It’s very possible that the best college football coach of the past thirty years is someone you’ve never heard of, someone like Larry Kehres of Ohio’s Mount Union College, a Division III program that won nearly 93 percent of its games before Kehres retired a couple of years back. It’s very possible that if Kehres had chosen to move up the ladder, if he wound up at, say, Ohio State, the Buckeyes would be just as successful as they’ve been under Urban Meyer.
Why do I bring this up now? I bring this up because I’m thinking about this year’s Final Four, and I’m thinking about how college basketball is at such an odd juncture, oscillating constantly between fascinating and plodding.
College basketball (and college sports in general) has always been dominated by the personas of its coaches, but here we are at a moment where coaching seems to dominate even more than it ever has before, as evidenced by this year’s Final Four. On one side of the bracket there is a man (Mike Krzyzewski) who is probably the greatest college basketball coach of all time, and another man (Tom Izzo) who is not far behind. And on the other side of a bracket there is man (John Calipari) who, whatever your opinions on his ethos, has already proven himself as one of the great developers of professional talent in the history of the sport.
But mostly I bring this up because I find myself, like many other impartial observers, eminently fascinated by the other coach at this year’s Final Four above all others. I bring this up because Wisconsin has made the Final Four for the second consecutive season, and they’ve done it under the leadership of a curmudgeonly figure named Bo Ryan, who spent 15 seasons at a Division III school in Platteville, Wisconsin, winning four national championships before finally moving up the ladder and eventually winding up as the head coach at Wisconsin. And in the 14 seasons since, Ryan has led his team to the NCAA tournament every single year, including these two straight trips to the Final Four.
There is an inherent goofiness to the Badgers that have already made them easy to like. They are both fascinated by (and dorkily attracted to) the stenographers who transcribe their press conferences; they grow horrible mustaches, they take selfies and their best player (Frank Kaminsky) is a former 3-star recruit who might be the goofiest 7-footer to grace our presence since the heyday of Chuck Nevitt. The Badgers have been loose and free throughout this tournament, and there is something beautiful about that, given the stakes, given that they are one of the two remaining teams capable of cutting through Kentucky’s stranglehold on history. If Kentucky represents the professionalization of college sports, Wisconsin seems to feel like the last tie to actual amateurism, to the quiet lower levels of college sports – the ones that aren’t really involved in the discussion about player compensation because it’s irrelevant in their case.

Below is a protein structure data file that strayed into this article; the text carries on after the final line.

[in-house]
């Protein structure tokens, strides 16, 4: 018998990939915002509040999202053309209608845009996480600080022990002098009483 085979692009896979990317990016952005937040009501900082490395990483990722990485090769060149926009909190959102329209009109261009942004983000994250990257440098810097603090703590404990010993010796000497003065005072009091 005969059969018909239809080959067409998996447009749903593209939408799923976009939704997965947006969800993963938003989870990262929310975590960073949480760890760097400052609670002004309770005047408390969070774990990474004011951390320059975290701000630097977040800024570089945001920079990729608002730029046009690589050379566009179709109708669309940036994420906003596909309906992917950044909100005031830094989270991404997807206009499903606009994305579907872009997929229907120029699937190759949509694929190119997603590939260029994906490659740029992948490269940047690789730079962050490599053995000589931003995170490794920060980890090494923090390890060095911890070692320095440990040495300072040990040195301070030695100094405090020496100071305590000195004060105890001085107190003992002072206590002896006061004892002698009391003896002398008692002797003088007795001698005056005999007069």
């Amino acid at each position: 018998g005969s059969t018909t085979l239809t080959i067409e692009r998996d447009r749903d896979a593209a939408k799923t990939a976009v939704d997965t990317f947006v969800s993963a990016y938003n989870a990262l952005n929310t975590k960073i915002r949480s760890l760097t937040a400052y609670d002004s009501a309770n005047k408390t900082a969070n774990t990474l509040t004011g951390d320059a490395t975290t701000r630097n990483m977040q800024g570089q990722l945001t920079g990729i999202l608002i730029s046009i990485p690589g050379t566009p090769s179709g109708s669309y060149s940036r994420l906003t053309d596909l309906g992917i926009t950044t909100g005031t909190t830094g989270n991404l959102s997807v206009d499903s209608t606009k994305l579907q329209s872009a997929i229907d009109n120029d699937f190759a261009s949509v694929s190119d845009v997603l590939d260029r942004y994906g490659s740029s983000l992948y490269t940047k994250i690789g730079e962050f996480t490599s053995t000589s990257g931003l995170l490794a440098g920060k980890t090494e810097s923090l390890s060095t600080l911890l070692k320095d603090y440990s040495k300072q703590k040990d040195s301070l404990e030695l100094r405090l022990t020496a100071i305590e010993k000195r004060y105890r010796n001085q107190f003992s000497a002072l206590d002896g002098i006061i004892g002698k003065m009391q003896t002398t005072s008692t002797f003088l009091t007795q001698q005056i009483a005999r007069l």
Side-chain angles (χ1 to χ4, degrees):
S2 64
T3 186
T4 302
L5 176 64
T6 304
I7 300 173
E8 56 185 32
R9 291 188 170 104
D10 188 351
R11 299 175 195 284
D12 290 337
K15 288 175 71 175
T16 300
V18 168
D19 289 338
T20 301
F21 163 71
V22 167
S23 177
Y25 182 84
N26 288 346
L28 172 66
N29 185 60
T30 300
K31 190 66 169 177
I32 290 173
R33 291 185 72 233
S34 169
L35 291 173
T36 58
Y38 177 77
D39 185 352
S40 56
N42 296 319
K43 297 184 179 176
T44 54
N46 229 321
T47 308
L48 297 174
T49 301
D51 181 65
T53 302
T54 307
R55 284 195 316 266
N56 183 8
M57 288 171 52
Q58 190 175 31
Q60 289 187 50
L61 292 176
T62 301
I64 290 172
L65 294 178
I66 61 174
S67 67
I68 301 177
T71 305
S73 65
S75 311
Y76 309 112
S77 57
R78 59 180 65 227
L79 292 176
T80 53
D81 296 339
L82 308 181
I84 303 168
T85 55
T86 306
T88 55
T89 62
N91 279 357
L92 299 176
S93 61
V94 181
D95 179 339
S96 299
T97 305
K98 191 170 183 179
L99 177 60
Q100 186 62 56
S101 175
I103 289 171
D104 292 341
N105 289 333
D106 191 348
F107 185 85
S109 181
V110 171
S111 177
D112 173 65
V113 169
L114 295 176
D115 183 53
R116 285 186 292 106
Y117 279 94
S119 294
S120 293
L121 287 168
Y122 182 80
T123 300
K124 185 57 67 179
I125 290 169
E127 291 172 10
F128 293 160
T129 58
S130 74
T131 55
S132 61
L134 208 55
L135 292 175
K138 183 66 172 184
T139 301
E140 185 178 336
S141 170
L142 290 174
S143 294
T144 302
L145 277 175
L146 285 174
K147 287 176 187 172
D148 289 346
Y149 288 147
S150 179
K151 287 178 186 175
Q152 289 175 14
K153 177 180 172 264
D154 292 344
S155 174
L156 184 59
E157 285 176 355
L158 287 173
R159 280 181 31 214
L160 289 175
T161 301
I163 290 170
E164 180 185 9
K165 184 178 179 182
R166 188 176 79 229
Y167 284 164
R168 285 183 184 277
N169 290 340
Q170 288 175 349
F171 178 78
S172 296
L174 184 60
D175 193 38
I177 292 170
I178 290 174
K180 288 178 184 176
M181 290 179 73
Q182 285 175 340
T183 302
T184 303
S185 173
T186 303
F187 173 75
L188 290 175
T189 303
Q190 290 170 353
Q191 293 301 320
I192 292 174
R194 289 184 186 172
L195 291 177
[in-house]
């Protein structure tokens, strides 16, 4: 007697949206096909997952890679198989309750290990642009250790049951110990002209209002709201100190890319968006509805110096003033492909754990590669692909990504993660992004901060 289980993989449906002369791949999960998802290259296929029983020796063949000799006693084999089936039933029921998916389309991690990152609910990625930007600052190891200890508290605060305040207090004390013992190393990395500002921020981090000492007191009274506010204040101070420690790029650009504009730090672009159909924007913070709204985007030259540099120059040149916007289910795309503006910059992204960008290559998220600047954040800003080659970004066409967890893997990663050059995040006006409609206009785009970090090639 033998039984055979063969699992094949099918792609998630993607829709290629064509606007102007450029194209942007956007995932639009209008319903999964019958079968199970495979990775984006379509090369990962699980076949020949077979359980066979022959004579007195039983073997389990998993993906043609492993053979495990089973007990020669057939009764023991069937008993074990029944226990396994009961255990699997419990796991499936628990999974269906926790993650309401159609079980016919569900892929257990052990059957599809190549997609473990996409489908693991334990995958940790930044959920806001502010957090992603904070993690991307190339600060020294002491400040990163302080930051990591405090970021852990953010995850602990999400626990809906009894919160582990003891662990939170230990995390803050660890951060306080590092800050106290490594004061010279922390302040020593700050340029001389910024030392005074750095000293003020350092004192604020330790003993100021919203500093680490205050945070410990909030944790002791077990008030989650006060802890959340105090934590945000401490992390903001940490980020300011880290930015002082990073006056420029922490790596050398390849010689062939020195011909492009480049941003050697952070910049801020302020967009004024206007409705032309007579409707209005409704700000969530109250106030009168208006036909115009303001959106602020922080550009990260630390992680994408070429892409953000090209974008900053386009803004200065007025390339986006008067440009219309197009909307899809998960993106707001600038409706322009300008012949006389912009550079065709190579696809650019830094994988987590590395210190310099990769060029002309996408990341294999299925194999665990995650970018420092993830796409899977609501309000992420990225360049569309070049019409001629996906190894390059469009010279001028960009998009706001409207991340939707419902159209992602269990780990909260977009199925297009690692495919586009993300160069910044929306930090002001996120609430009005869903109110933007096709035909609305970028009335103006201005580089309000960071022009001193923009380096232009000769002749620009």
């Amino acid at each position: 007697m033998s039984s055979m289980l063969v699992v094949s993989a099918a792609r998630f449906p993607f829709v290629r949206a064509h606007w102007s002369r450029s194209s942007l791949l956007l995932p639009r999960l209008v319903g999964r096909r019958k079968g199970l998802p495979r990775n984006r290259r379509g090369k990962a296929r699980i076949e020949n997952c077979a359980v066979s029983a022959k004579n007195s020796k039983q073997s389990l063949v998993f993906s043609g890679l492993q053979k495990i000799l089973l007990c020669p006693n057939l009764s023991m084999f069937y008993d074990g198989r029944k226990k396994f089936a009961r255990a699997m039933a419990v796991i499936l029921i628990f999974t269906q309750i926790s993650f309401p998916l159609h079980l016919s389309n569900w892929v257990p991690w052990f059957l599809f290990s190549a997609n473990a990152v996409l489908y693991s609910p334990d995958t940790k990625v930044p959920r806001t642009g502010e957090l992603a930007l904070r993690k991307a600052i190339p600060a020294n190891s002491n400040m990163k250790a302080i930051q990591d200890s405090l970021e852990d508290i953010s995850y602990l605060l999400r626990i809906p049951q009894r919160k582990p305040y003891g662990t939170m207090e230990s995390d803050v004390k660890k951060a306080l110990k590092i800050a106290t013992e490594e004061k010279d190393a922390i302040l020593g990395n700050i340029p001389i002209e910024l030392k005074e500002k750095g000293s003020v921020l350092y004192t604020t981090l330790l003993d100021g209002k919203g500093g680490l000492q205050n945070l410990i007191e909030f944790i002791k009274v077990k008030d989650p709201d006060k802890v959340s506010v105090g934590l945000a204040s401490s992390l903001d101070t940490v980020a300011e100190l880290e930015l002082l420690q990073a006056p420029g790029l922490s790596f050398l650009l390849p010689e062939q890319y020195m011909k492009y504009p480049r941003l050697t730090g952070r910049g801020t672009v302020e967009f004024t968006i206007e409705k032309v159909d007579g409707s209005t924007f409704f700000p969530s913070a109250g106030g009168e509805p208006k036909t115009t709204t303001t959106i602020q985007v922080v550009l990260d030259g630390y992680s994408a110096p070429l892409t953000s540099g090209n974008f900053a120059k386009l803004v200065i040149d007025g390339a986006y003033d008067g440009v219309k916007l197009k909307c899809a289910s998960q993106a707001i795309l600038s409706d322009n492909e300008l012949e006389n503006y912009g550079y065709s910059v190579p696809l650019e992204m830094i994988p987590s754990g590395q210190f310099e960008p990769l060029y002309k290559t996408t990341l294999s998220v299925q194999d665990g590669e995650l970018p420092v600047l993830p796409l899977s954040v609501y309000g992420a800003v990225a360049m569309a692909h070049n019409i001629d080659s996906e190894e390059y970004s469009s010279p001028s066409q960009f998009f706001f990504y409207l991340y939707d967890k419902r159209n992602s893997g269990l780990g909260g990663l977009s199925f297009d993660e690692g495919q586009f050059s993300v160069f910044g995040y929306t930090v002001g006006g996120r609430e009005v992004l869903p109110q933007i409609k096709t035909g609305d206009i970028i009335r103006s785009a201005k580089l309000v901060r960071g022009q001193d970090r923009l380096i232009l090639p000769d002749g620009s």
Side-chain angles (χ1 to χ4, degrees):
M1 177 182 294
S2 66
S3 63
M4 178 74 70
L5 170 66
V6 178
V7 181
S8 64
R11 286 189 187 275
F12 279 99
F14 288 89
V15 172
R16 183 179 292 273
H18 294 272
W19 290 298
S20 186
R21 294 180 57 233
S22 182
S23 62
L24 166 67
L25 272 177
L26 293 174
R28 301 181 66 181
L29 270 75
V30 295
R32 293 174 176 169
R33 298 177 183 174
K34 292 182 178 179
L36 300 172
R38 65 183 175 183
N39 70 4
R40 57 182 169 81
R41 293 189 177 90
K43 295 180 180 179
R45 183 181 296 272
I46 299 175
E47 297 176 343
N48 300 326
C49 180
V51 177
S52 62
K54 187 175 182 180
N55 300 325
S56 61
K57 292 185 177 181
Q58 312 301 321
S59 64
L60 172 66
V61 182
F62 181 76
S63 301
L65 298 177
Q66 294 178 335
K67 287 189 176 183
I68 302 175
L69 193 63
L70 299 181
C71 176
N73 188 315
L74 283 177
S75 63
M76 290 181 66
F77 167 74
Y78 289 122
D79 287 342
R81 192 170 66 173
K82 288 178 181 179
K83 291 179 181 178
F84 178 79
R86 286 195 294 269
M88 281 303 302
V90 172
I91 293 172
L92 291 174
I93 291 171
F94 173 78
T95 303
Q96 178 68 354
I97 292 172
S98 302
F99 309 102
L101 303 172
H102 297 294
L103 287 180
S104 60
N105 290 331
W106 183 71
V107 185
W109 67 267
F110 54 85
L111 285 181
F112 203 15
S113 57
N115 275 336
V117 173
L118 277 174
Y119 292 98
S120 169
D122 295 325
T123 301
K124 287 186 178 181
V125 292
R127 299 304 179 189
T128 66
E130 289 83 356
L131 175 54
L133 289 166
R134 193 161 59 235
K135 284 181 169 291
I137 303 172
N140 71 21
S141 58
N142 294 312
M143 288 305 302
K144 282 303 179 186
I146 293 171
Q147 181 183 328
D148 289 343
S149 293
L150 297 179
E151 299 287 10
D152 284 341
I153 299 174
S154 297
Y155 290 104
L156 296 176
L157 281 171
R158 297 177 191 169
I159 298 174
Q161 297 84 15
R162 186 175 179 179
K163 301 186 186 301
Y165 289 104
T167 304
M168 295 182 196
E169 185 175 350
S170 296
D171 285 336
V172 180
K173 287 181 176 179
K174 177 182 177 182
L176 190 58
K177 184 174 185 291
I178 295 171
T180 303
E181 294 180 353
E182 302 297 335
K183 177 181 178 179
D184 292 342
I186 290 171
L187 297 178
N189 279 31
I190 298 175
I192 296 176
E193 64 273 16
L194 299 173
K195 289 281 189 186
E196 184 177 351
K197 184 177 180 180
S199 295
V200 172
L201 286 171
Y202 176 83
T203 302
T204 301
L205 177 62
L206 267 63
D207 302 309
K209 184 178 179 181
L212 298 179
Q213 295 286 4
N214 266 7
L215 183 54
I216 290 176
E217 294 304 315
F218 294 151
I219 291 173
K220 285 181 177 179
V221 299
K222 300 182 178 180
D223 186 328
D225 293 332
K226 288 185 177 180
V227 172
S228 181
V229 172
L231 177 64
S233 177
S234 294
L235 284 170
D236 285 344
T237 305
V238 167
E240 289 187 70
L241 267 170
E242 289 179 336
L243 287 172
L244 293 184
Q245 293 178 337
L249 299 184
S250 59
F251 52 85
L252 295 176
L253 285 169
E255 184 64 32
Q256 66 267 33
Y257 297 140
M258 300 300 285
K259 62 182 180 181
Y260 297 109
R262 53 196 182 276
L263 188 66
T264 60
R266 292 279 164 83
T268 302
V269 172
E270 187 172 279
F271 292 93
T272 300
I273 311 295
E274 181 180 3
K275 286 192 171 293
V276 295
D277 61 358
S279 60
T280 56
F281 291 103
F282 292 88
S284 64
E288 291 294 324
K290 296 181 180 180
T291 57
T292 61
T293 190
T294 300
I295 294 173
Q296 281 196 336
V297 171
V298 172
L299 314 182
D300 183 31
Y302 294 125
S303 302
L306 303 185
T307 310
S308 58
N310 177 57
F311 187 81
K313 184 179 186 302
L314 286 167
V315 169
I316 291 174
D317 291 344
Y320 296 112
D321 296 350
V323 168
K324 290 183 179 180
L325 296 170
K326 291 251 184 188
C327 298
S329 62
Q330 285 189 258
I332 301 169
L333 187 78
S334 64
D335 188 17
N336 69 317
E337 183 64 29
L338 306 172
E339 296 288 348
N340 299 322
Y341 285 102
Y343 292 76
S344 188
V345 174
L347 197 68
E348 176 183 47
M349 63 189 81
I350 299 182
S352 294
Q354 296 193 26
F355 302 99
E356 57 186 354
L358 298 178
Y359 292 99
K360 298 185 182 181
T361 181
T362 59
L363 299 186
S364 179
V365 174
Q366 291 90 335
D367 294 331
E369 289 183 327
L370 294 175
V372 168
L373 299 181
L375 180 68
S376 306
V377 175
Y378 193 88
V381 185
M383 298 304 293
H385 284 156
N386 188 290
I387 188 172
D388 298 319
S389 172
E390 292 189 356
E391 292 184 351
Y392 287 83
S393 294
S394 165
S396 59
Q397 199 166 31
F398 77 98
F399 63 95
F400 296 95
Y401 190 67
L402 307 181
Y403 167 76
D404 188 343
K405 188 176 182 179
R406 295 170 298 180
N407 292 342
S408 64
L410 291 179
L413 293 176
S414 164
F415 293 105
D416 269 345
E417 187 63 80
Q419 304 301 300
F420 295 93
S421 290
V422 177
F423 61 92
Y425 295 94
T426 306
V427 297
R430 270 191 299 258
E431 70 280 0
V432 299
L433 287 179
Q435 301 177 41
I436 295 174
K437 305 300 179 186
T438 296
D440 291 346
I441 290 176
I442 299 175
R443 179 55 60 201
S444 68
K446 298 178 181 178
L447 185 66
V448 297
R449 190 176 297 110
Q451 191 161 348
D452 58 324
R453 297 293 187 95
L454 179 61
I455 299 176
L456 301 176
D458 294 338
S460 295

This, of course, is not an entirely fair comparison. Wisconsin’s other star player, Sam Dekker, was one of the nation’s top recruits; several of Kentucky’s best players chose to come back for another season despite the professional careers looming in their future. Wisconsin was a part of one of the most excruciating college basketball games I’ve ever had the displeasure of watching in its entirety; Kentucky, for all the existential quandaries it raises, is an unselfish and thrilling team to watch. But there is an obvious contrast here, in the way Ryan generally seems to regard recruiting rankings as utterly pointless and Calipari’s success is tied to his ability to dominate the upper echelons of those rankings.
I don’t really know what to expect from college basketball anymore. It is, as Grantland’s Brian Phillips recently wrote, a constant tug-of-war between what it is and what we want it to be; it is trapped in that everlasting internal conflict between amateurism and professionalism, the notion that college sports should exist for sports’ sake and the notion that college sports are popular entertainment like everything else. Already, popular opinion (including mine) has come around on the idea of compensating players in some way, but I had a discussion recently with a guy who played Division III football, who mentioned that he caused permanent damage to his body merely because he enjoyed playing the sport. Those people are still out there, and at some small level, I think Bo Ryan and Wisconsin are representative of them. Which is why I hope Kentucky prevails over the system, and Wisconsin prevails on the court.
Michael Weinreb is the author of Season of Saturdays: A History of College Football in 14 Games. You can find him on Twitter @michaelweinreb